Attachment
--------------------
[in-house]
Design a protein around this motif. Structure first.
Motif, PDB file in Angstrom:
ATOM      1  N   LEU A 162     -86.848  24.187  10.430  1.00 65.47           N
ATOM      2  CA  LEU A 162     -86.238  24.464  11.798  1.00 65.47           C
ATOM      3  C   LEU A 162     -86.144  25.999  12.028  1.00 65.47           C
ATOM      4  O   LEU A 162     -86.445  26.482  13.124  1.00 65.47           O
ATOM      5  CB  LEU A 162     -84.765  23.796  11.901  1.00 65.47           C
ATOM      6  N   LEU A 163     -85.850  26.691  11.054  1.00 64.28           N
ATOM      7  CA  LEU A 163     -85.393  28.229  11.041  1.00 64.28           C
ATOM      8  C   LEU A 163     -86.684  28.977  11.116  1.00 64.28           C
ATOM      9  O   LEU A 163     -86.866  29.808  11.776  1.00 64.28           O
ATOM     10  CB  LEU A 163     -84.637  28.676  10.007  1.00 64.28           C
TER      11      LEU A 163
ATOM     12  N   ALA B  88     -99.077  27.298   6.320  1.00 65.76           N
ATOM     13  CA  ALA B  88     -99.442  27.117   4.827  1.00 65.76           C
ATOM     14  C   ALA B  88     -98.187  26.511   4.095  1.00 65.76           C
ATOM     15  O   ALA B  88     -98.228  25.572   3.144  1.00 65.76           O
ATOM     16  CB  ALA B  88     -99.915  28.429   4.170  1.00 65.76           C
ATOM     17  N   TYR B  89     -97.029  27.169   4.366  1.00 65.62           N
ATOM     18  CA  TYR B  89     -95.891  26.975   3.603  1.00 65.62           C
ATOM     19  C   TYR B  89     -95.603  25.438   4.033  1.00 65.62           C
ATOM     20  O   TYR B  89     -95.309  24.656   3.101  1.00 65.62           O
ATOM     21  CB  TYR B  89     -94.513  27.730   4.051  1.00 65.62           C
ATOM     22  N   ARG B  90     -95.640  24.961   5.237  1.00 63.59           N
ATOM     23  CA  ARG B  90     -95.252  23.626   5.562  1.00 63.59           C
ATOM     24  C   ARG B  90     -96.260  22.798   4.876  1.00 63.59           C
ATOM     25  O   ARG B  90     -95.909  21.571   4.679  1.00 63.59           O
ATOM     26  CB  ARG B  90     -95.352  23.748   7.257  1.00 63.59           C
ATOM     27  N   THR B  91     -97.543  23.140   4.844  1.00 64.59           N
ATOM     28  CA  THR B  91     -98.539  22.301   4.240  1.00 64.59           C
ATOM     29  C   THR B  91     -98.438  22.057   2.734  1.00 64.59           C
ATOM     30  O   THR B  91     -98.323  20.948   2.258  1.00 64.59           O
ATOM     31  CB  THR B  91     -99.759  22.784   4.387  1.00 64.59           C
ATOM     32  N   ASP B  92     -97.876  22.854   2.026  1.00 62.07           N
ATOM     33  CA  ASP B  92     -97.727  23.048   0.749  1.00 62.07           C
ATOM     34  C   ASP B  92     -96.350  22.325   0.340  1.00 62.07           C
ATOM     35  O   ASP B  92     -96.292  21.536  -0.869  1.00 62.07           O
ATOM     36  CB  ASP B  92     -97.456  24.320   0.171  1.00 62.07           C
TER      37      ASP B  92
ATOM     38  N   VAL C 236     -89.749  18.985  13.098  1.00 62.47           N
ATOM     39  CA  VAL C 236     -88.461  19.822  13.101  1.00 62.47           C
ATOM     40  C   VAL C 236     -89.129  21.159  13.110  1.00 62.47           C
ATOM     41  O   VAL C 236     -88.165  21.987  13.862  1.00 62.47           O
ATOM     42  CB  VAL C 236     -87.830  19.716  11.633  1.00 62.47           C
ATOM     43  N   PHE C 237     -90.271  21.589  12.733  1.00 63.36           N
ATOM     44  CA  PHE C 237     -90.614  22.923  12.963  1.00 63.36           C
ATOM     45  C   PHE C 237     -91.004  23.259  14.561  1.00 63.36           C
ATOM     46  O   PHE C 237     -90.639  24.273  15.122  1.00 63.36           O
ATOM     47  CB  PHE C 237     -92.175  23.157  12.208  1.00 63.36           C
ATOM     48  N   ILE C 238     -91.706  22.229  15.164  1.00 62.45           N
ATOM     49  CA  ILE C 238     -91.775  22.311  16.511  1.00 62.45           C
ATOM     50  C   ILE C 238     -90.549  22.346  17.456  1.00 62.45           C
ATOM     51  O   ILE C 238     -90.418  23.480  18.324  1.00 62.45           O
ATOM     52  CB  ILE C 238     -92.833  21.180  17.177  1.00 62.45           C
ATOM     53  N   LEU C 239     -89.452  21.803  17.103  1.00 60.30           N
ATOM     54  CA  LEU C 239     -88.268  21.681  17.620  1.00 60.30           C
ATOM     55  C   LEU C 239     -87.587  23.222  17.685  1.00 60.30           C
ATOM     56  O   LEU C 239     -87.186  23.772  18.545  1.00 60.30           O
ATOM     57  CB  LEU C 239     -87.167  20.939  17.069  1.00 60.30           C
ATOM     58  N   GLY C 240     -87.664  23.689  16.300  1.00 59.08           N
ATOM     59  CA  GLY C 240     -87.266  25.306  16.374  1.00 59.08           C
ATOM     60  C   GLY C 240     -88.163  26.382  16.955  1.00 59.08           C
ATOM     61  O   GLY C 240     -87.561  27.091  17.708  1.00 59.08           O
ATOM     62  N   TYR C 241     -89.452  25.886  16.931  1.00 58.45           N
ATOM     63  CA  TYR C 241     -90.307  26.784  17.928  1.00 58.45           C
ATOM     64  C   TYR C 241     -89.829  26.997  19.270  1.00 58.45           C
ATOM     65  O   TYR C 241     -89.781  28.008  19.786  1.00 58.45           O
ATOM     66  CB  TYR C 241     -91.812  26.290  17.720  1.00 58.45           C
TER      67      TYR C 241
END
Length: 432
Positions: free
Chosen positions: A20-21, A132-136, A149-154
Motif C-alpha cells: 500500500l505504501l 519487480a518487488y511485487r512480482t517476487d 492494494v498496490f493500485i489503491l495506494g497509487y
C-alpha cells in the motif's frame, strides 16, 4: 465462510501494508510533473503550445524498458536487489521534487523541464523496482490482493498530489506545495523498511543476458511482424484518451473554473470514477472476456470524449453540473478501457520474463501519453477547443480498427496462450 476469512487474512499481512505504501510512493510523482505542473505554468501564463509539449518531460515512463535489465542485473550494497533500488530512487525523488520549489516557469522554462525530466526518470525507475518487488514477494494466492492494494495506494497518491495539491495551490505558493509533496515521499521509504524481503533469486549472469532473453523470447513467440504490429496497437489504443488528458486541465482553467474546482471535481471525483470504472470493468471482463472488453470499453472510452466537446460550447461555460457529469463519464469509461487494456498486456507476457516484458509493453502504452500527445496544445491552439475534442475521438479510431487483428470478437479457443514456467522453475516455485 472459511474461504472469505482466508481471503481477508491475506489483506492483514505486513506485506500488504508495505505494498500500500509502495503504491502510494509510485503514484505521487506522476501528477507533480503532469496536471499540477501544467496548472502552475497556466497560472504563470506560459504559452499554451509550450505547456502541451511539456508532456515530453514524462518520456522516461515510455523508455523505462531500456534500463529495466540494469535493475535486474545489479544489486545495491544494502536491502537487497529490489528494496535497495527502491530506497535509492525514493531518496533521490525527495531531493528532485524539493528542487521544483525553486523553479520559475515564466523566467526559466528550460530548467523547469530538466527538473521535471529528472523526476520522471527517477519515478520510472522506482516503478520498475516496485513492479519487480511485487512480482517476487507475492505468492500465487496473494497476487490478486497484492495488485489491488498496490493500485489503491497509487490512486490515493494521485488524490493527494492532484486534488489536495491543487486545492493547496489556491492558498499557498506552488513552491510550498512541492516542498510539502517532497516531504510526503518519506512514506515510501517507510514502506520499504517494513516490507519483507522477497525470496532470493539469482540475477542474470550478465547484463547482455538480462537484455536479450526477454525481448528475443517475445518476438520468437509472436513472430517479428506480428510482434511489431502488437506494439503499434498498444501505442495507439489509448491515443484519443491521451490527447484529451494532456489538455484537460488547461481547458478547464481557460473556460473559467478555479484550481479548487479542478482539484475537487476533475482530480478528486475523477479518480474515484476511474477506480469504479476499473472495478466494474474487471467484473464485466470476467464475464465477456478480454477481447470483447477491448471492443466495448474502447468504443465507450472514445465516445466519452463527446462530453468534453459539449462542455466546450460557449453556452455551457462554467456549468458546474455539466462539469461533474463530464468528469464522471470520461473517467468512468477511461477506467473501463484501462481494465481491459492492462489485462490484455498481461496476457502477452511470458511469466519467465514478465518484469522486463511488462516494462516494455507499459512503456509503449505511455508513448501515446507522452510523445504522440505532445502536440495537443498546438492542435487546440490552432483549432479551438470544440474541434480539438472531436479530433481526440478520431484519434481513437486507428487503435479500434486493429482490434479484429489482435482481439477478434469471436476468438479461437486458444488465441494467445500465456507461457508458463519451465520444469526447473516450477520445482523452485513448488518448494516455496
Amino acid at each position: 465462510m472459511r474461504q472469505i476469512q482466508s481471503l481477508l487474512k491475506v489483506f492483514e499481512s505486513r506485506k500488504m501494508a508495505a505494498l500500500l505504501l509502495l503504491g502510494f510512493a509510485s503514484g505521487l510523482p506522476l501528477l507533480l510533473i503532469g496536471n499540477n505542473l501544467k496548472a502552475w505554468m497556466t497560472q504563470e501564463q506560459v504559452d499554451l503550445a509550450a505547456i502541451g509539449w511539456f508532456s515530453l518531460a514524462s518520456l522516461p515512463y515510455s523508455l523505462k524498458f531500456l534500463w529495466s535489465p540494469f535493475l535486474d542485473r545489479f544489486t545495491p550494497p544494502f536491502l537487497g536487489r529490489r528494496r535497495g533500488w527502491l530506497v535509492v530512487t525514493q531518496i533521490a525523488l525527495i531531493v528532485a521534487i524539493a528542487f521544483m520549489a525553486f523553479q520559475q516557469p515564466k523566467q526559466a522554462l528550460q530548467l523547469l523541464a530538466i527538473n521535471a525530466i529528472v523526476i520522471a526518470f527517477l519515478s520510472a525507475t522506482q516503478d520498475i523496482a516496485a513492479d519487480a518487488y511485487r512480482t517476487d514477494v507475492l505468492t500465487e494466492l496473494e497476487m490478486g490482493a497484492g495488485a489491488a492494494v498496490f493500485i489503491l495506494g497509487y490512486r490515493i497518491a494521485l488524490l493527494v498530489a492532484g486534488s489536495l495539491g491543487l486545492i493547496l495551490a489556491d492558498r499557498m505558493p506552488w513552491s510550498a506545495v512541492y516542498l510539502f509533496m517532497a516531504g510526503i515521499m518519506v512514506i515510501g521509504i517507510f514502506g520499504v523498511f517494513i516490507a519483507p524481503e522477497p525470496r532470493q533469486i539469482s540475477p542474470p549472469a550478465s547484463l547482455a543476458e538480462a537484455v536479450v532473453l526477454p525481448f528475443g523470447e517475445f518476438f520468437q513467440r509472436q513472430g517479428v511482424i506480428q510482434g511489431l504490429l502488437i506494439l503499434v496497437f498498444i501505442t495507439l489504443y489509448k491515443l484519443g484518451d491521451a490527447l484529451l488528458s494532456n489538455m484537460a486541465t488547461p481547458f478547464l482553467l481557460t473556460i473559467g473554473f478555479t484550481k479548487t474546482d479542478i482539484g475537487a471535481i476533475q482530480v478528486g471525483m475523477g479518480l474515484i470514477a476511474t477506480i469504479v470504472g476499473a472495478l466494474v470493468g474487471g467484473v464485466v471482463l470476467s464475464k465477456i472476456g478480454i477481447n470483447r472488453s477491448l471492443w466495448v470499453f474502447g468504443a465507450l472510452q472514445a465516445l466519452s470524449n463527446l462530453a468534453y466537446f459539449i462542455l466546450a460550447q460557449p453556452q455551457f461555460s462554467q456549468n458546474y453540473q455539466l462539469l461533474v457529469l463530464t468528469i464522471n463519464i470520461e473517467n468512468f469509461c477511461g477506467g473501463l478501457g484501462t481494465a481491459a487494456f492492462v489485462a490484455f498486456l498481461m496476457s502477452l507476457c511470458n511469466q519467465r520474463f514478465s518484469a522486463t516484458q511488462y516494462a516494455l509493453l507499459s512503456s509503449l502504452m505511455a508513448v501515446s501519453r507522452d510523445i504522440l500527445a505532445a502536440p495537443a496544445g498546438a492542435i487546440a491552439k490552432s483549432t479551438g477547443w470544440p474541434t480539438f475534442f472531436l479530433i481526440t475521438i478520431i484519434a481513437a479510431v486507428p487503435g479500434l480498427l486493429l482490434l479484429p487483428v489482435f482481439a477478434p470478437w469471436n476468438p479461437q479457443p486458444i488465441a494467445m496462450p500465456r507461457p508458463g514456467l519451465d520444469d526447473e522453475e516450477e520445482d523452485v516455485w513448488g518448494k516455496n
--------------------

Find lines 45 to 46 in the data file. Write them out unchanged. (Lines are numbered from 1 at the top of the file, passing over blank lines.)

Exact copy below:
ATOM     42  CB  VAL C 236     -87.830  19.716  11.633  1.00 62.47           C
ATOM     43  N   PHE C 237     -90.271  21.589  12.733  1.00 63.36           N